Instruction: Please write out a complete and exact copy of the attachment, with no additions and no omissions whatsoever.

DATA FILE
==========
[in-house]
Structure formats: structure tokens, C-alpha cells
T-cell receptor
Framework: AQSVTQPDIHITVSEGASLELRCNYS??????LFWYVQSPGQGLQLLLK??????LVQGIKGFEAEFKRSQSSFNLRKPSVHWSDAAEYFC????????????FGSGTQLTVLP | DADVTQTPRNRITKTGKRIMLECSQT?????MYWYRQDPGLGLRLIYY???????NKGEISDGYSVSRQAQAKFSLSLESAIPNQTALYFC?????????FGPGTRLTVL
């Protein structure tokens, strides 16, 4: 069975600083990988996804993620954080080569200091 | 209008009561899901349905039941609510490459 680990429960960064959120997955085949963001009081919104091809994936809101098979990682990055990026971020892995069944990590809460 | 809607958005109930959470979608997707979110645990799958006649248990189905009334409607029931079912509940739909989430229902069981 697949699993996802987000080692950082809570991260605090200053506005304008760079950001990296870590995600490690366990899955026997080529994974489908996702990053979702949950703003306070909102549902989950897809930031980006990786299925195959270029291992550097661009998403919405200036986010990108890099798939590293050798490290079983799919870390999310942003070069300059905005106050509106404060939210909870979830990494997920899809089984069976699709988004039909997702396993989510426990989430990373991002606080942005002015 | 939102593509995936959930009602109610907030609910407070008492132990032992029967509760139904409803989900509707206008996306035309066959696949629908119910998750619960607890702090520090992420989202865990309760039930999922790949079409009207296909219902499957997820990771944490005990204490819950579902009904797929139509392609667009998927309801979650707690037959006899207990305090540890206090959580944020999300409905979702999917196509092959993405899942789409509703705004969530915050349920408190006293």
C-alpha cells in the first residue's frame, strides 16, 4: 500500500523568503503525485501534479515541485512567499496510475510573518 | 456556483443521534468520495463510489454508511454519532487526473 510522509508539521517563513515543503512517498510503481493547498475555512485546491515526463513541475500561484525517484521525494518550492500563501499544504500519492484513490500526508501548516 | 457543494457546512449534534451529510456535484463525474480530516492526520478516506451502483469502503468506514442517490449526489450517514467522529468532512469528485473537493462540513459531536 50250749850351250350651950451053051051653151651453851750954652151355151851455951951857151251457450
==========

[in-house]
Structure formats: structure tokens, C-alpha cells
T-cell receptor
Framework: AQSVTQPDIHITVSEGASLELRCNYS??????LFWYVQSPGQGLQLLLK??????LVQGIKGFEAEFKRSQSSFNLRKPSVHWSDAAEYFC????????????FGSGTQLTVLP | DADVTQTPRNRITKTGKRIMLECSQT?????MYWYRQDPGLGLRLIYY???????NKGEISDGYSVSRQAQAKFSLSLESAIPNQTALYFC?????????FGPGTRLTVL
């Protein structure tokens, strides 16, 4: 069975600083990988996804993620954080080569200091 | 209008009561899901349905039941609510490459 680990429960960064959120997955085949963001009081919104091809994936809101098979990682990055990026971020892995069944990590809460 | 809607958005109930959470979608997707979110645990799958006649248990189905009334409607029931079912509940739909989430229902069981 697949699993996802987000080692950082809570991260605090200053506005304008760079950001990296870590995600490690366990899955026997080529994974489908996702990053979702949950703003306070909102549902989950897809930031980006990786299925195959270029291992550097661009998403919405200036986010990108890099798939590293050798490290079983799919870390999310942003070069300059905005106050509106404060939210909870979830990494997920899809089984069976699709988004039909997702396993989510426990989430990373991002606080942005002015 | 939102593509995936959930009602109610907030609910407070008492132990032992029967509760139904409803989900509707206008996306035309066959696949629908119910998750619960607890702090520090992420989202865990309760039930999922790949079409009207296909219902499957997820990771944490005990204490819950579902009904797929139509392609667009998927309801979650707690037959006899207990305090540890206090959580944020999300409905979702999917196509092959993405899942789409509703705004969530915050349920408190006293």
C-alpha cells in the first residue's frame, strides 16, 4: 500500500523568503503525485501534479515541485512567499496510475510573518 | 456556483443521534468520495463510489454508511454519532487526473 510522509508539521517563513515543503512517498510503481493547498475555512485546491515526463513541475500561484525517484521525494518550492500563501499544504500519492484513490500526508501548516 | 457543494457546512449534534451529510456535484463525474480530516492526520478516506451502483469502503468506514442517490449526489450517514467522529468532512469528485473537493462540513459531536 50250749850351250350651950451053051051653151651453851750954652151355151851455951951857151251457450